Warehouse Station Road /Albert Hall & Fur & Feather Club Stamford - rabbits

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Thread Topic: Warehouse Station Road /Albert Hall & Fur & Feather Club Stamford - rabbits
Topic Originator: Rick
Post Date June 30, 2005 @ 2:52 PM
 Warehouse Station Road /Albert Hall & Fur & Feather Club Stamford - rabbits
 Warehouse Station Road /Albert Hall & Fur & Feather Club Stamford - rabbits
 Warehouse Station Road /Albert Hall & Fur & Feather Club Stamford - rabbits
 Warehouse Station Road /Albert Hall & Fur & Feather Club Stamford - rabbits
 Albert Hall
 Breeding Rabbits/Mr Munton

June 30, 2005 @ 2:52 PM Reply  |  Email  |  Print  |  Top

When I was young I kept rabbits and if you were a member of the local association you could buy an allocation of bran from the Warehouse at the end of Station Road for your pets.  I used to collect a small sack of bran and carry it home on my bike to feed my rabbits.  I used to show my rabbits in the local show which used to be held in the  Albert Hall in High Street behind the shop which is now Tescos.  My dad used to help me take the rabbits to the Hall for the show and once one of the rabbits got out of the box we had him in and into the High Street.  He was fairly tame and we managed to get him back in the box.
Editor's note:  Thanks for that Rick - does  anyone else remember the show for rabbits, birds etc?  Or the warehouse in Station Road.The Albert Hall behind where Tesco now is - lots of parties held there - I think there was one for VE Day.   Let us know what you remember - otherwise no one will ever know.

October 1, 2010 @ 7:48 AM Reply  |  Email  |  Print  |  Top

I don't remember the Rabbit/Bird shows, but I do remember a few us (High School girls 16 to 17) organising a party at the Albert Hall and inviting  School boys, we played games like Hyde Park Corner and had a few dances. Absolutely no alcohol, never gave it a thought, it would seem a very tame affair  to todays teenagers. We also had a couple of parties at the Tin Hut on Foundry Road
Remember the Warehouse on Station Road too, but didn't buy rabbit food from there (Until my own children had a rabbit) I had to get up each morning and go out collecting greenstuff and Mum used to mash up tea leaves and porridge oats, which 'Blackie' loved.

John Tyers
October 1, 2010 @ 10:30 AM Reply  |  Email  |  Print  |  Top

I think that would be Mr Proctor's warehouse in Station Road beyond Motors & Tractors, the Ford agents.  I fed a rabbit of ours on bran Rick thinking it would be good for him but sadly too much bran was'nt right for his system and he demised!  He looked like an old wild rabbit but was very tame; we were all upset when he went.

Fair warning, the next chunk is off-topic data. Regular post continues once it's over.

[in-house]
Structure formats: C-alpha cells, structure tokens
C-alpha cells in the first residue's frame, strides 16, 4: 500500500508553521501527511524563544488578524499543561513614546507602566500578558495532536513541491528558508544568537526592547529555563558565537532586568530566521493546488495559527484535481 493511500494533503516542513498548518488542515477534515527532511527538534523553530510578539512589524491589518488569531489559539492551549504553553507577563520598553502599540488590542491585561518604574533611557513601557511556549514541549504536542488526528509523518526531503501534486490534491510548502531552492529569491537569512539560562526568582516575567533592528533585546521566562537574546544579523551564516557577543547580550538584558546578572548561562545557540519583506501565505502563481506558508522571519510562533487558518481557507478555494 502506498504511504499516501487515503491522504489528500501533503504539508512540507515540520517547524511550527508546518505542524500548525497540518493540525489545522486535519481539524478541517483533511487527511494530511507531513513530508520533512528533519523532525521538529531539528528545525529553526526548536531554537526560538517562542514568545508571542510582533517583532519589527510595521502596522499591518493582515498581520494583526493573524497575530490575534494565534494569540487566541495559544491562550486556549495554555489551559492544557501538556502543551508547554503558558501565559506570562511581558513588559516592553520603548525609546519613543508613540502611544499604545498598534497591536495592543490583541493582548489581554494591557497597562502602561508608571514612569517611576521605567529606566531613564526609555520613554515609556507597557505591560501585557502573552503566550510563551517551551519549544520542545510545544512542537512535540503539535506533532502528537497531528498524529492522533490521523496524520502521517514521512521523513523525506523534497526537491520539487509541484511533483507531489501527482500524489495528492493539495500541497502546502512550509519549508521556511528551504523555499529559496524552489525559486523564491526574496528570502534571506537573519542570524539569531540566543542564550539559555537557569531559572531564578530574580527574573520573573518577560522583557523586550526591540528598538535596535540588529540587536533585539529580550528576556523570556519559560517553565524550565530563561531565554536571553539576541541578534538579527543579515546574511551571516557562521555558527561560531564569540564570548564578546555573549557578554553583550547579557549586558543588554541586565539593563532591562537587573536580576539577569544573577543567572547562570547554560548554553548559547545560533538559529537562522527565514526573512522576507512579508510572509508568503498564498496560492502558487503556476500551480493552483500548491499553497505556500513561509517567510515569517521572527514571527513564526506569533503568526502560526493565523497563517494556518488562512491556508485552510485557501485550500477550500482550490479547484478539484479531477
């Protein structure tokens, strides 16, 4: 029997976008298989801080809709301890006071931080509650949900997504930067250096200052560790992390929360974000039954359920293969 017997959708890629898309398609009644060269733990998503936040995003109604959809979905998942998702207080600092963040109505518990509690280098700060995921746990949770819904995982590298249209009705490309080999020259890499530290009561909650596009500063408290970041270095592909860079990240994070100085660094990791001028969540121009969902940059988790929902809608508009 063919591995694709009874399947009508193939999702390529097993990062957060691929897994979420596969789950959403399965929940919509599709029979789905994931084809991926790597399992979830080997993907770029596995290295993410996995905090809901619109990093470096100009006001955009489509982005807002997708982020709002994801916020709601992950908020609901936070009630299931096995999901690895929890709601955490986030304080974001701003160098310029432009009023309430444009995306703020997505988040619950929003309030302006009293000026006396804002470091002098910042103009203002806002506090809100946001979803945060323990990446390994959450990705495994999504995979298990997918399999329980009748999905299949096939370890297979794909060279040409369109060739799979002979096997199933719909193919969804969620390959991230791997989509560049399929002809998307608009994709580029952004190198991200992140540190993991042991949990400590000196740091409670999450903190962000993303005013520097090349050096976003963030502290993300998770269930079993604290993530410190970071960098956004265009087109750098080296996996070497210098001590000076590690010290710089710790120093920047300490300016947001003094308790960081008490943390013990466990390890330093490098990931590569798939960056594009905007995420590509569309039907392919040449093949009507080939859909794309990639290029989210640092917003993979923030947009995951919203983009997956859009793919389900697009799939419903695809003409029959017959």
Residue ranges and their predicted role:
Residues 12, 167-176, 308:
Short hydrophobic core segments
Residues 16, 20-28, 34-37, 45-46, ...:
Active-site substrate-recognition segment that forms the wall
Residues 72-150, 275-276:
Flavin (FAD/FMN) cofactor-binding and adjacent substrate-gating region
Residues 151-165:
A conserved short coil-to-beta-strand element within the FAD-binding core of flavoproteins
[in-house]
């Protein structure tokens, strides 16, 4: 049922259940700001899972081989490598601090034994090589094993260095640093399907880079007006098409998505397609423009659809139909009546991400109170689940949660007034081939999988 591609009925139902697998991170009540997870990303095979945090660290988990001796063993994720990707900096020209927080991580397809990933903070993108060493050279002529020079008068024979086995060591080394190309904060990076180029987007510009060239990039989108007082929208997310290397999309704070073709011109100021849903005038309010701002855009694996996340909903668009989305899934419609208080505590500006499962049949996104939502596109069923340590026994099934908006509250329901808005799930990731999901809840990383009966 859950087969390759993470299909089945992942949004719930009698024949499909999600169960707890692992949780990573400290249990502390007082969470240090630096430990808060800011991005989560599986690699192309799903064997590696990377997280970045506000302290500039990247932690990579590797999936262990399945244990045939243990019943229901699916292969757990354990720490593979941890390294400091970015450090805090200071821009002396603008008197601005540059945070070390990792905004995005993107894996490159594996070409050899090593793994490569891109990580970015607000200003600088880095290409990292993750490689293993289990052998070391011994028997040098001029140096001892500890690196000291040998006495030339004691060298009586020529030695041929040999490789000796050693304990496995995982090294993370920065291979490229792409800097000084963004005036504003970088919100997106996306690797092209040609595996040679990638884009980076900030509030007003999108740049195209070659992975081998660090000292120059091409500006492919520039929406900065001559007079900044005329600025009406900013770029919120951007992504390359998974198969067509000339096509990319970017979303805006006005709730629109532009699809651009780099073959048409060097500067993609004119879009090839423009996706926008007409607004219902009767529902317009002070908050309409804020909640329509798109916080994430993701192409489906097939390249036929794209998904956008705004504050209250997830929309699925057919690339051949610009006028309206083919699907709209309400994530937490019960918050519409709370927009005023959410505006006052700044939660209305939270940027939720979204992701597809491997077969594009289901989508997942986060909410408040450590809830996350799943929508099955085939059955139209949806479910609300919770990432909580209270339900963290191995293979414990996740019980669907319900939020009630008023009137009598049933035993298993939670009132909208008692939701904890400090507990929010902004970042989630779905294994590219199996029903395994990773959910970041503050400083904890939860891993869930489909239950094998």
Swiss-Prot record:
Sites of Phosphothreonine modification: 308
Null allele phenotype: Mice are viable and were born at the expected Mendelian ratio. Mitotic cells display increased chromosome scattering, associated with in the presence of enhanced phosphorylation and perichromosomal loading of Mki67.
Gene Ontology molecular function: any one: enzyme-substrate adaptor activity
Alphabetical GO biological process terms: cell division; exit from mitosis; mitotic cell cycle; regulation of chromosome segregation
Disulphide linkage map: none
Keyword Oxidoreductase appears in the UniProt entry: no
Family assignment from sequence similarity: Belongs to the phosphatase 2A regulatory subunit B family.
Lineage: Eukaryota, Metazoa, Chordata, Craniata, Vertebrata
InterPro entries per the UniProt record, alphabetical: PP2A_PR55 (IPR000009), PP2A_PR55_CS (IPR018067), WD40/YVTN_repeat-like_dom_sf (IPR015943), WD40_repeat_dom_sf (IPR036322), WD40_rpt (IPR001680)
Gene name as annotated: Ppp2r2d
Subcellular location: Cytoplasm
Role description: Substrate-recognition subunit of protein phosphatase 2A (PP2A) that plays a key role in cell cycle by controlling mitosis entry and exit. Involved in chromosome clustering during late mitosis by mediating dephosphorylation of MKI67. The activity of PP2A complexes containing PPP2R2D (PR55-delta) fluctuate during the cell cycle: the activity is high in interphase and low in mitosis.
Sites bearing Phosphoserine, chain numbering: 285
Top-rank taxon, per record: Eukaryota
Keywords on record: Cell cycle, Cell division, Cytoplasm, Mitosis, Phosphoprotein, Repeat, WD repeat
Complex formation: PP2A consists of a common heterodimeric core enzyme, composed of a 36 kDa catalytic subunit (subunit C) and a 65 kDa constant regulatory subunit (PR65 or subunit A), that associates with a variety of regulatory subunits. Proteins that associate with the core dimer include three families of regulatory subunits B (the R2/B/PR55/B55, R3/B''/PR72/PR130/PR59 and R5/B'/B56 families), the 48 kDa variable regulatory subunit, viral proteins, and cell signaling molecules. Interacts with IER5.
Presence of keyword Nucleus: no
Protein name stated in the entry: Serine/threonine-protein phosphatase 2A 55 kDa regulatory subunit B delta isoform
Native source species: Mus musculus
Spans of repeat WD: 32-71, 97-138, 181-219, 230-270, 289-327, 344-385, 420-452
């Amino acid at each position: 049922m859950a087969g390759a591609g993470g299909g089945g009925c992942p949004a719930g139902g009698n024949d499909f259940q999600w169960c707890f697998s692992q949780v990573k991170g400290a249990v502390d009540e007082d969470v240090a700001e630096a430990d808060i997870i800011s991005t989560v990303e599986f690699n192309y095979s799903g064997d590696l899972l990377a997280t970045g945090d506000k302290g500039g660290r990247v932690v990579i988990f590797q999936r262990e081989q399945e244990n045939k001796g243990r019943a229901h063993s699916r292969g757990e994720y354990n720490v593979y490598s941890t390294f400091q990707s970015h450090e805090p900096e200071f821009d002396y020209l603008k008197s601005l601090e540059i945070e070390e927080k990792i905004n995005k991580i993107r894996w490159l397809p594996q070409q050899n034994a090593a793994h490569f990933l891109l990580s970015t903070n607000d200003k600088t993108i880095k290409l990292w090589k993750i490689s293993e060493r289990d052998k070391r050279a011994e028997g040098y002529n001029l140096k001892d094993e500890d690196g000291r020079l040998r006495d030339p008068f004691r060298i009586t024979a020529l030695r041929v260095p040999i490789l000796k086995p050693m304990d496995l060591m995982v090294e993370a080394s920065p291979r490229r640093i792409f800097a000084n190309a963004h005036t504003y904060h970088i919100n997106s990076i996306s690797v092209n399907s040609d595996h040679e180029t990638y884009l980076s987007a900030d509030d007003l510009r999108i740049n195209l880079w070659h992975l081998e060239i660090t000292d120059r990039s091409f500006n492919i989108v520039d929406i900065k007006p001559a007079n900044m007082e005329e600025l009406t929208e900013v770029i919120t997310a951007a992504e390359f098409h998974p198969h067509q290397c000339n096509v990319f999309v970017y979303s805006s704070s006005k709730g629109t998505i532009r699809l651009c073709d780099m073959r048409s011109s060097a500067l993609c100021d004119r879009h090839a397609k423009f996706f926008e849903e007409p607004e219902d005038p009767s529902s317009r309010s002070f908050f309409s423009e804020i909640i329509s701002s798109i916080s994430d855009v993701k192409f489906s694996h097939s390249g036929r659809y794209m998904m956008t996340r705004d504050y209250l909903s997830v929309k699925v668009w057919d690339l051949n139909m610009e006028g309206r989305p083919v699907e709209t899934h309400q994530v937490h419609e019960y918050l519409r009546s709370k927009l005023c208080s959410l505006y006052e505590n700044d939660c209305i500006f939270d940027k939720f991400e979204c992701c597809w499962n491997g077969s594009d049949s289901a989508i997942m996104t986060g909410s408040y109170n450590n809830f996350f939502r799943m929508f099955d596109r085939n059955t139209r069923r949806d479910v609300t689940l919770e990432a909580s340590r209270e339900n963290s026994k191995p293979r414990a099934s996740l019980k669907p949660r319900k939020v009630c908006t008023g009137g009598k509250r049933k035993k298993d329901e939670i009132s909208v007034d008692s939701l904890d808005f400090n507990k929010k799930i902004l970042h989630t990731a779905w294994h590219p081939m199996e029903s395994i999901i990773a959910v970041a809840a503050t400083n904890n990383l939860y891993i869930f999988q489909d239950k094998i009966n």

October 1, 2010 @ 3:35 PM Reply  |  Email  |  Print  |  Top

I think the warehouse at the end of Station Road (backing on to the river) would have been Proctor Bros. grain and feed merchants.

October 1, 2010 @ 7:08 PM Reply  |  Email  |  Print  |  Top

I too remember the Albert Hall as I attended Sunday School there when Mr. Williams was the Caretaker, it was attached to the Congregational Church.  We had lovely Christmas Parties and we were taken to Wickstead Park in the Summer, you could only go if you attended Sunday School on a regular basis.

I too attended the dances at the Tin Hut when I was in my last year at the High School I think they cost us 2s 6d

Phil Rudkin
October 9, 2010 @ 11:16 AM Reply  |  Email  |  Print  |  Top

The gateway memories of breeding rabbits brought me back to the late 40s.   At school and 12 years old, in 1948.  I purchased a tame, female Dutch Rabbit.  It was a Black/White form and was a great pet.  A year later, I bought the 'Fur and Feather' magazine.  I then got in touch with Mr. Munton, who lived in Drift Avenue.  He was an expert, and he took me under his wing, and gave me instructions as to how to present my rabbit in the local shows.   I loved entering the shows.  My friend and next door neighbour, Christine Freear had a male Dutch Rabbit (can't remember its colour).    However, we agreed to put them together, and as we were only children, were fascinated in their mating.  Remember we did not have TV in those days, so we did not have the amazing programmes of the wild to study.  We put in extra straw in the hutch (as instructed).  Eventually. as I arrived home in Essex Road one teatime from school, I rushed down the garden to the hutch and stared at the large nest my female had built.  Disappointed at first.  Then, suddenly the straw moved, and I ran to the house to tell my Mum that we had youngsters.  They became healthy and grew well.    We had little money in those days, just after the war.   So, I waited until dark (October, and the nights pulling in), I then got a sack, and walked down the end of Essex Road, down the long path by the side of the cemetry, then up to Little Casterton Road to Williamson Cliff farmyard.   Finding the first hay stack, I managed to pull some straw away and fill up my sack.  This I did for many nights.  Very creepy for a 14 year old!